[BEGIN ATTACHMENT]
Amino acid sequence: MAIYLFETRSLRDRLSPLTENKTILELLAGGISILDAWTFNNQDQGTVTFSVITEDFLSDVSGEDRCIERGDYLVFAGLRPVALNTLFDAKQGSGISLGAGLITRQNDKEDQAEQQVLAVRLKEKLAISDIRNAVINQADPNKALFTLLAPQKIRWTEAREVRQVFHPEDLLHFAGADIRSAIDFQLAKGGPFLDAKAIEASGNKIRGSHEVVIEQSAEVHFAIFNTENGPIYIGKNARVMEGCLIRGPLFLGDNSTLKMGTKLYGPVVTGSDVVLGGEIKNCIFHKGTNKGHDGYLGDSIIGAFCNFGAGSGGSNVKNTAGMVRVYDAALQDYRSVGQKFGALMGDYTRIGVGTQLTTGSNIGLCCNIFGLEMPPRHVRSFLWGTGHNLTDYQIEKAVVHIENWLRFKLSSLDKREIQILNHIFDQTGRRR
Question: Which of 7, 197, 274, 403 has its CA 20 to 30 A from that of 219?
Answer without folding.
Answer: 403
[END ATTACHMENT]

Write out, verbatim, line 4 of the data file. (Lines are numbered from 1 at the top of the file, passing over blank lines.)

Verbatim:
Answer: 403